2) High pupil mobility at Martello Primary given its proximity to the Harbour, which undermines aggregated outcomes. Falling primary population in the region.
Proximity to the small harbour (fewer than ten small fishing boats and 33 crew) is surely itself no reason for high pupil mobility, although there is a steady loss of pupils from Year 2 upwards over the past year for some reason. The problem is primarily a failure to attract pupils to Martello Primary in the first place and then keep them, with just 10 out of its 30 Year R places or 30% of the total filled. This is the fourth highest vacancy rate amongst Kent’s 427 primary and infant schools. Apart from Morehall Primary School, the other Turner Primary which has 27% of its places filled, itself the lowest proportion in Kent, every other Folkestone School is more than half full at Year R, most at capacity.
The 2020 Kent Schools Commissioning Plan (KSCP) reports that there are 35 out of 353 primary Reception places free in the nine East Folkestone primaries in 2019-20, 20 of which are in Martello, with the same number of 35 forecast in 2023. There has been a fall in numbers entering primary schools, but no further decrease is forecast. As previous larger age groups leave the schools, there will be a total estimated loss of 154 pupils Years R-6 across the area, or 14 pupils per average sized school over the next three years. This is hardly a fatal loss. The problem for Martello is that because it is failing to attract pupils in the first place, it will lose a high proportion of this number. Cunningly, the Report covers up the specific problem at Martello, referring to a ‘Falling Primary Population in the Region’, without specifying the region. Overall across Kent, there will be a small rise in Year R pupils of 0.8% over the next five years according to the KSCP.
There is a similar pattern in West Folkestone, except there has been no fall in Year R places, with a total of 58 free in 2019, including 44 at Morehall. This total falls to 54 in 2023.
So the threat in (2) should be replaced by: the continued failure of Martello and Morehall primaries to attract pupils, which undermines aggregated outcomes as the schools become financial liabilities. Indeed the Report records that Morehall Primary is running at a deficit of £105,000 at the end of the year, up from £90,000, whilst Turner Free School ran up a deficit of £58,000 in its first year of operation, possibly due to the overload of senior staff, with three deputies and a headteacher at the start of the year to manage 120 pupils.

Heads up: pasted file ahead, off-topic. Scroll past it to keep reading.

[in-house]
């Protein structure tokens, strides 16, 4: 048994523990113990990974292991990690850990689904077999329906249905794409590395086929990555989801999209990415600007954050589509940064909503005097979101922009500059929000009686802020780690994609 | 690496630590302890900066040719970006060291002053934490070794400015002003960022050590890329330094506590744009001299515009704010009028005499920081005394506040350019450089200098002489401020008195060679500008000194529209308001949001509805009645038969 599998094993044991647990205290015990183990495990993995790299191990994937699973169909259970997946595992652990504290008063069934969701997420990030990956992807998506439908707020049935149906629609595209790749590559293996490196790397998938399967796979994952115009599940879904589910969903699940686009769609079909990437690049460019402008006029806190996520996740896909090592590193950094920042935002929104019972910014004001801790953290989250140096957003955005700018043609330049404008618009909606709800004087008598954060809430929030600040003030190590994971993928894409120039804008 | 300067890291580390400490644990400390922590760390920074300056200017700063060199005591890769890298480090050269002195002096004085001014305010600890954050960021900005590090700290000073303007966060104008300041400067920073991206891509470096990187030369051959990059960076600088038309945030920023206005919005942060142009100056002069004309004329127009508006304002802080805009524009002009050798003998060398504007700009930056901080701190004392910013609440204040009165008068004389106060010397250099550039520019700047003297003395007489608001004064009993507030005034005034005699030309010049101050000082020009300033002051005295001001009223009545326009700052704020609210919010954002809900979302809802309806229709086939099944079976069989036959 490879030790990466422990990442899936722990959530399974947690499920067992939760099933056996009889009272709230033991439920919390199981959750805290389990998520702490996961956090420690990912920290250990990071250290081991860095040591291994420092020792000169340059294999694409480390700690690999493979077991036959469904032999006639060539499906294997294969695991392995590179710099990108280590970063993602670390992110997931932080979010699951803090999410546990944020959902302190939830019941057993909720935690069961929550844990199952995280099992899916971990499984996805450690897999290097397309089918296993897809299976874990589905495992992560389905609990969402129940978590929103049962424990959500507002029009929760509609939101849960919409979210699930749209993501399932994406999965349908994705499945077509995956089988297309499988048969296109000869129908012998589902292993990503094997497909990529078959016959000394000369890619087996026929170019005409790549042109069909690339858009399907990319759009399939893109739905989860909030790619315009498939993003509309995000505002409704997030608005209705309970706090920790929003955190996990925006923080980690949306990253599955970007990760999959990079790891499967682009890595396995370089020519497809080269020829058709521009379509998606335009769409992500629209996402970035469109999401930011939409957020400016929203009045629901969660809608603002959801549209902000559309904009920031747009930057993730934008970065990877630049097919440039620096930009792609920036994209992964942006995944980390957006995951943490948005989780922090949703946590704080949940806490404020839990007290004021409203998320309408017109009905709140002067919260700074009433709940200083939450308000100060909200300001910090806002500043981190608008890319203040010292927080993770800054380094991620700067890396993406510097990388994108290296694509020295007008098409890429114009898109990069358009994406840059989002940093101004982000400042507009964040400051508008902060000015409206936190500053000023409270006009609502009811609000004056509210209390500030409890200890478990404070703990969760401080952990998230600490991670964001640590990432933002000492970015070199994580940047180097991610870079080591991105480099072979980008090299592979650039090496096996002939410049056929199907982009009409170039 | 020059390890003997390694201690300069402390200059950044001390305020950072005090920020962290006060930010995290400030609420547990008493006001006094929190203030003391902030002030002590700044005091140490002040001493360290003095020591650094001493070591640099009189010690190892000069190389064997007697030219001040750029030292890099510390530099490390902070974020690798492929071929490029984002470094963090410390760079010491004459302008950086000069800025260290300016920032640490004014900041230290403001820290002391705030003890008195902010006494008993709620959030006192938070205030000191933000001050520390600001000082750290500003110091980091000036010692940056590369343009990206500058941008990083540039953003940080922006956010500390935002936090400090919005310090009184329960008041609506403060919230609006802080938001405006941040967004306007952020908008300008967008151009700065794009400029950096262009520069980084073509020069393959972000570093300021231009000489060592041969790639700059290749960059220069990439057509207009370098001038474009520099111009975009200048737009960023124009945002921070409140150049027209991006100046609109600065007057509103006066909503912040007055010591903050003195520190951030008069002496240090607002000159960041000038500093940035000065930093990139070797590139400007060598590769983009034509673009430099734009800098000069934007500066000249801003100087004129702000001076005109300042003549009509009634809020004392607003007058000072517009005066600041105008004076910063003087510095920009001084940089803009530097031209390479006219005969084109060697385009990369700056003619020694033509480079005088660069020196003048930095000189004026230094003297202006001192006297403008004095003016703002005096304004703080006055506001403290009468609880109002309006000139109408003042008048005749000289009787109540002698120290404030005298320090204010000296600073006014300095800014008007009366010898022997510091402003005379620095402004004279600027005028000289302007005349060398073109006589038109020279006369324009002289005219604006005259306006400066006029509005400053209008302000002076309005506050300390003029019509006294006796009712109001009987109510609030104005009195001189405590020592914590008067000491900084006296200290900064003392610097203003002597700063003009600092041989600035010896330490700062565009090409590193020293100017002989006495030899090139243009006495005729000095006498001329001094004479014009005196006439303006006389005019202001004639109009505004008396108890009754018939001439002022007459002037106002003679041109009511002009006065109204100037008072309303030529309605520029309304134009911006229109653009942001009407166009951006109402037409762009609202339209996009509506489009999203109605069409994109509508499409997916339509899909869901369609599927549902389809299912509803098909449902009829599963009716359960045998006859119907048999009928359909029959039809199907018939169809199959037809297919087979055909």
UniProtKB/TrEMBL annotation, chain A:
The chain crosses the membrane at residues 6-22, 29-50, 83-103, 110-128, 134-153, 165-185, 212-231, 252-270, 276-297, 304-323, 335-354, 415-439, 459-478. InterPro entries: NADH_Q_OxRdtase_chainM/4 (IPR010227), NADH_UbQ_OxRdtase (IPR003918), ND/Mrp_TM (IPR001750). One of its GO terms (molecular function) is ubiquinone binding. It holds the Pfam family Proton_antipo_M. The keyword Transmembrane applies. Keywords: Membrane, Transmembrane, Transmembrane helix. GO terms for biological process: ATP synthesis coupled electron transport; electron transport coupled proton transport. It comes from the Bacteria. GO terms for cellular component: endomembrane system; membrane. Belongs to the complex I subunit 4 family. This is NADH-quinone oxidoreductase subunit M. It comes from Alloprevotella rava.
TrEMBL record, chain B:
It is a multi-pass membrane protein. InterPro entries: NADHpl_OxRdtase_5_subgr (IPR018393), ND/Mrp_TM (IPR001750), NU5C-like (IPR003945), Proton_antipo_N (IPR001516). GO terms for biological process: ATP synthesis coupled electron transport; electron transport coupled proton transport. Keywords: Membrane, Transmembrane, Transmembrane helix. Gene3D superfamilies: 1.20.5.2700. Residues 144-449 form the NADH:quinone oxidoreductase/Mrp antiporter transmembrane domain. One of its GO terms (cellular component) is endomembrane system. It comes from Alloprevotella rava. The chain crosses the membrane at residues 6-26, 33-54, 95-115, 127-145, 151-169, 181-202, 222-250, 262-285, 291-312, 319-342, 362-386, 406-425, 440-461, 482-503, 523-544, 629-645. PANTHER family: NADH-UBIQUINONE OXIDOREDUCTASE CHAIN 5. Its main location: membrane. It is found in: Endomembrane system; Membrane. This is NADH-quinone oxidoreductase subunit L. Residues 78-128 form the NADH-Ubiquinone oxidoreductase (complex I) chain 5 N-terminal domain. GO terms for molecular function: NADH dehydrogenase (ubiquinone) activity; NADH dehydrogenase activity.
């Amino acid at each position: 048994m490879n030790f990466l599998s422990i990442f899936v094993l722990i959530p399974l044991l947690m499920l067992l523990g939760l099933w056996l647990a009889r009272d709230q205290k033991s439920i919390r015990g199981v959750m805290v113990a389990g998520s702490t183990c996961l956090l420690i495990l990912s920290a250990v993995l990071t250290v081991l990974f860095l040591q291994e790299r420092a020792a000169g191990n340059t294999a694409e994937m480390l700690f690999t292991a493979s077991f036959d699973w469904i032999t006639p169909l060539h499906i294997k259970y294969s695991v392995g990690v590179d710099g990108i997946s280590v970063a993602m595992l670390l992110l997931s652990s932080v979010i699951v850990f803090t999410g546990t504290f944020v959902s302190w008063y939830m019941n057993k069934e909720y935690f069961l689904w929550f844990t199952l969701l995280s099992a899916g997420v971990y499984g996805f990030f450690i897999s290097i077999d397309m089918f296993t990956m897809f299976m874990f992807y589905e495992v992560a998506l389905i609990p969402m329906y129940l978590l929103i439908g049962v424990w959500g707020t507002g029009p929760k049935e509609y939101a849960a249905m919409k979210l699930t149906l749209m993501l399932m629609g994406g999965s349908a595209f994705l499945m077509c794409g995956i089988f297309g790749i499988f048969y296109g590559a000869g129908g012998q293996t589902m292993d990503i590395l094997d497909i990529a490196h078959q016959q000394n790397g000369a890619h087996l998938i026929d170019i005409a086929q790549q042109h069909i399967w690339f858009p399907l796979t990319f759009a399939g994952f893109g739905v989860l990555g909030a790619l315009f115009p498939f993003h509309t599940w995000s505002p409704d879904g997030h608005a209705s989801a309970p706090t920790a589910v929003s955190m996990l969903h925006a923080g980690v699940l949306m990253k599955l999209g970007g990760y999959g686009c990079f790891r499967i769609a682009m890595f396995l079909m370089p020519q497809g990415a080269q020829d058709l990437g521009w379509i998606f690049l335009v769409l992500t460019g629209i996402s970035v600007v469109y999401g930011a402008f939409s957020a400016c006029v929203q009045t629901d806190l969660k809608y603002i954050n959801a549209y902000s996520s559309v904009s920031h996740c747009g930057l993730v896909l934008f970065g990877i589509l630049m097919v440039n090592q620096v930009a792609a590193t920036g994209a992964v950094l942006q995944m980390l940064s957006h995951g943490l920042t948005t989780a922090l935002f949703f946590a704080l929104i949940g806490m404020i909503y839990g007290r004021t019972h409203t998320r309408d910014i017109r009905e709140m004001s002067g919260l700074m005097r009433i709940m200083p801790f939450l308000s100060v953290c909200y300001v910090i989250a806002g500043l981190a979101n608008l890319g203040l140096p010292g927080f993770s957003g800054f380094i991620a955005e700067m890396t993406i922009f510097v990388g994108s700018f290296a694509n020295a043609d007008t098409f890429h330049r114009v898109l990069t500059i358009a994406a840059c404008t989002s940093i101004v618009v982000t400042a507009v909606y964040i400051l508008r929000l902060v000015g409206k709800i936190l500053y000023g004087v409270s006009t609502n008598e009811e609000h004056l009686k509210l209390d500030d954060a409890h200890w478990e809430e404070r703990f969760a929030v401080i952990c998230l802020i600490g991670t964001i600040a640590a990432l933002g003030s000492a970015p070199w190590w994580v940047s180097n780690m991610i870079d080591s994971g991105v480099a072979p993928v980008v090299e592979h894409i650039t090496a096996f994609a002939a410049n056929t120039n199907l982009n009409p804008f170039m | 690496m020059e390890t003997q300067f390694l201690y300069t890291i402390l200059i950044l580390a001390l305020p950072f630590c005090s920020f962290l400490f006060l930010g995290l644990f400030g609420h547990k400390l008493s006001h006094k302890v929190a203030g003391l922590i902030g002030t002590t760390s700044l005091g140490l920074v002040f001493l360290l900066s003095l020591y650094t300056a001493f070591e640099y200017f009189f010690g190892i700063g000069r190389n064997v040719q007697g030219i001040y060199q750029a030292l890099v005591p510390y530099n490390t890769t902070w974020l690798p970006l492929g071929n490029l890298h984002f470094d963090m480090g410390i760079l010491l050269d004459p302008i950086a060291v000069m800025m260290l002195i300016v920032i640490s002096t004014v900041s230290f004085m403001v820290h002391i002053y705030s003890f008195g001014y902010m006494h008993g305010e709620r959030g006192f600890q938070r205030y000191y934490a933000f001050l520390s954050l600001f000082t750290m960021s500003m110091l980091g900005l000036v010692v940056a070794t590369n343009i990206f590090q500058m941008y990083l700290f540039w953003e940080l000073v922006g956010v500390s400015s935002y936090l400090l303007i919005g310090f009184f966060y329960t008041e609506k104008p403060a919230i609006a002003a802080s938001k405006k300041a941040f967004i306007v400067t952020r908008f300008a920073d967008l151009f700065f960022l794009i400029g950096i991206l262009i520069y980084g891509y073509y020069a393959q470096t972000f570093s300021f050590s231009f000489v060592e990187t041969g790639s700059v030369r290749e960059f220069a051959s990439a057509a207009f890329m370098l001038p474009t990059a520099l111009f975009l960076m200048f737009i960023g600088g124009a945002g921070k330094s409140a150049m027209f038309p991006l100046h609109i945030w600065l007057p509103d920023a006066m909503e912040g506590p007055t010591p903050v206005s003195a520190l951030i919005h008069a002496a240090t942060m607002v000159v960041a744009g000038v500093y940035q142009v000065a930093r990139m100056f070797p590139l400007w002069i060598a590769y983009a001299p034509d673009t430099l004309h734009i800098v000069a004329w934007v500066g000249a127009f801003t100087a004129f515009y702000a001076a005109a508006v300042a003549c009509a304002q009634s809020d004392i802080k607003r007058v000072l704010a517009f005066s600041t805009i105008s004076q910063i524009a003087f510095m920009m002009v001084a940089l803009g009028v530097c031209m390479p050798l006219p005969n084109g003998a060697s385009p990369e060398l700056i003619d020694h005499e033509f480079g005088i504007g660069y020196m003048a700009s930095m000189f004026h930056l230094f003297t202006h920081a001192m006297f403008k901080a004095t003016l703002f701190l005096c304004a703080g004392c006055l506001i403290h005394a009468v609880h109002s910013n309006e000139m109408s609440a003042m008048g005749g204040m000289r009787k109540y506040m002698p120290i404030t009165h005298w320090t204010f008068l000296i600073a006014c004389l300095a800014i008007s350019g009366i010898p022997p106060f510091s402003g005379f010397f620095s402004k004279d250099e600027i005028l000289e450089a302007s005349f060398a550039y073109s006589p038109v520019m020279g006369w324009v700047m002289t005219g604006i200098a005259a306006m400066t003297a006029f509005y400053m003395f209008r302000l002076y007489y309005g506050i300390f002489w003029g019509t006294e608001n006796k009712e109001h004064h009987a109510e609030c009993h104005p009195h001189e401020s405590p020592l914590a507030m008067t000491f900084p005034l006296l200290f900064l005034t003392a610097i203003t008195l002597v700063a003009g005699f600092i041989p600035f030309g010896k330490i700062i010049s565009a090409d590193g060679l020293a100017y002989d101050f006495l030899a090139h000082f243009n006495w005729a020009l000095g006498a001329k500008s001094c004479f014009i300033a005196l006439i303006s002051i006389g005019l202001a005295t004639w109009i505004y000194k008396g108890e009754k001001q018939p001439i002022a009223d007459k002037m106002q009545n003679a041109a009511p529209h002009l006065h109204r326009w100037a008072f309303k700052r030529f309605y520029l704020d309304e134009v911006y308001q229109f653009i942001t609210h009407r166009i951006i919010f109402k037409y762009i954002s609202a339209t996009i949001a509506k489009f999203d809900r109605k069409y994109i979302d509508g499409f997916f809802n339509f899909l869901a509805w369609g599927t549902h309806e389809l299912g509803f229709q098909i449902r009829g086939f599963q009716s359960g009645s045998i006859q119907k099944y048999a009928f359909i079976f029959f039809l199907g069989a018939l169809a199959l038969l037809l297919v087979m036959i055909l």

3) Funding challenges, and lack of future visibility on the same due to government change.
The main funding challenge surely arises from the unpopularity of the three established Trust schools, with each one losing pupils for reasons that ought to be within their control.
I have looked at the loss of over half of the Sixth Form at Folkestone Academy above, but the problem in the main school is almost as bad, as the school has been hit by the unnecessary expansion of Turner Free School from the original 120 pupils to 180 (see below). The school has 34% of its Year 7 places empty, sixth highest proportion in the county, with 179 pupils in Year 7, down from 263 in 2016 for its 270 places, as Turner Schools prioritises Turner Free School.
I have already looked at the rising deficit budgets of Martello and TFS above, with Morehall’s empty spaces surely leading the same way, although its Good Ofsted last year may reduce the pressure. Meanwhile, the balance in the central fund of the Trust has declined sharply to £561,000 from £819,000 in 2017-18 – that large loan from the DfE and regular top ups from other sources look even more imperative to keep the Trust afloat as a Going Concern, as agreed is the case by the Directors.
4) Brexit, given our proximity to the Port of Dover and Eurotunnel terminal.
I am not sure how these will affect the operation of the four schools and their finances, but I would have thought there were much more pressing risks.
What I can’t see listed is the risk to Folkestone Academy caused by the expansion of Turner Free School